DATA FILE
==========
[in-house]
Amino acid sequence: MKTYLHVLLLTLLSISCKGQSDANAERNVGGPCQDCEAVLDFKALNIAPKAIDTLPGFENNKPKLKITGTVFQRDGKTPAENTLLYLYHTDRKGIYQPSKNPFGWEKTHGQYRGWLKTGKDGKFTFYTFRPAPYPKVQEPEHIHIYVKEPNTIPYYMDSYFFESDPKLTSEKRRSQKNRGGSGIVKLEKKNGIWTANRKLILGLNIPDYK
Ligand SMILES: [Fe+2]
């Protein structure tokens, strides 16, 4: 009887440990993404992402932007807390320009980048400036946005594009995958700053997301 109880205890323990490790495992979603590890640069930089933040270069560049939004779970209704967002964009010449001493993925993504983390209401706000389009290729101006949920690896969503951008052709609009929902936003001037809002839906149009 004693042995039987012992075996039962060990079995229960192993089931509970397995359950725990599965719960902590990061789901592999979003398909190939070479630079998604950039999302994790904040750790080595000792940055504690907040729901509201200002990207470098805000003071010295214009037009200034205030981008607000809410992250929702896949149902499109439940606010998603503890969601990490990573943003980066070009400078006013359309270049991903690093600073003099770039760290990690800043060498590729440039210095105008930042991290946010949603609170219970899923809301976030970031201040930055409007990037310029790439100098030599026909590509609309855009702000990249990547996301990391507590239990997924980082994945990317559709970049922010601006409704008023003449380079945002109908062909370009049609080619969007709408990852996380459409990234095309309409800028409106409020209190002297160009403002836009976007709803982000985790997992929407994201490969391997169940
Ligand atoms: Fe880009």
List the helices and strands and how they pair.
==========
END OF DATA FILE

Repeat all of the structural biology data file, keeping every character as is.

[in-house]
Amino acid sequence: MKTYLHVLLLTLLSISCKGQSDANAERNVGGPCQDCEAVLDFKALNIAPKAIDTLPGFENNKPKLKITGTVFQRDGKTPAENTLLYLYHTDRKGIYQPSKNPFGWEKTHGQYRGWLKTGKDGKFTFYTFRPAPYPKVQEPEHIHIYVKEPNTIPYYMDSYFFESDPKLTSEKRRSQKNRGGSGIVKLEKKNGIWTANRKLILGLNIPDYK
Ligand SMILES: [Fe+2]
């Protein structure tokens, strides 16, 4: 009887440990993404992402932007807390320009980048400036946005594009995958700053997301 109880205890323990490790495992979603590890640069930089933040270069560049939004779970209704967002964009010449001493993925993504983390209401706000389009290729101006949920690896969503951008052709609009929902936003001037809002839906149009 004693042995039987012992075996039962060990079995229960192993089931509970397995359950725990599965719960902590990061789901592999979003398909190939070479630079998604950039999302994790904040750790080595000792940055504690907040729901509201200002990207470098805000003071010295214009037009200034205030981008607000809410992250929702896949149902499109439940606010998603503890969601990490990573943003980066070009400078006013359309270049991903690093600073003099770039760290990690800043060498590729440039210095105008930042991290946010949603609170219970899923809301976030970031201040930055409007990037310029790439100098030599026909590509609309855009702000990249990547996301990391507590239990997924980082994945990317559709970049922010601006409704008023003449380079945002109908062909370009049609080619969007709408990852996380459409990234095309309409800028409106409020209190002297160009403002836009976007709803982000985790997992929407994201490969391997169940
Ligand atoms: Fe880009």
List the helices and strands and how they pair.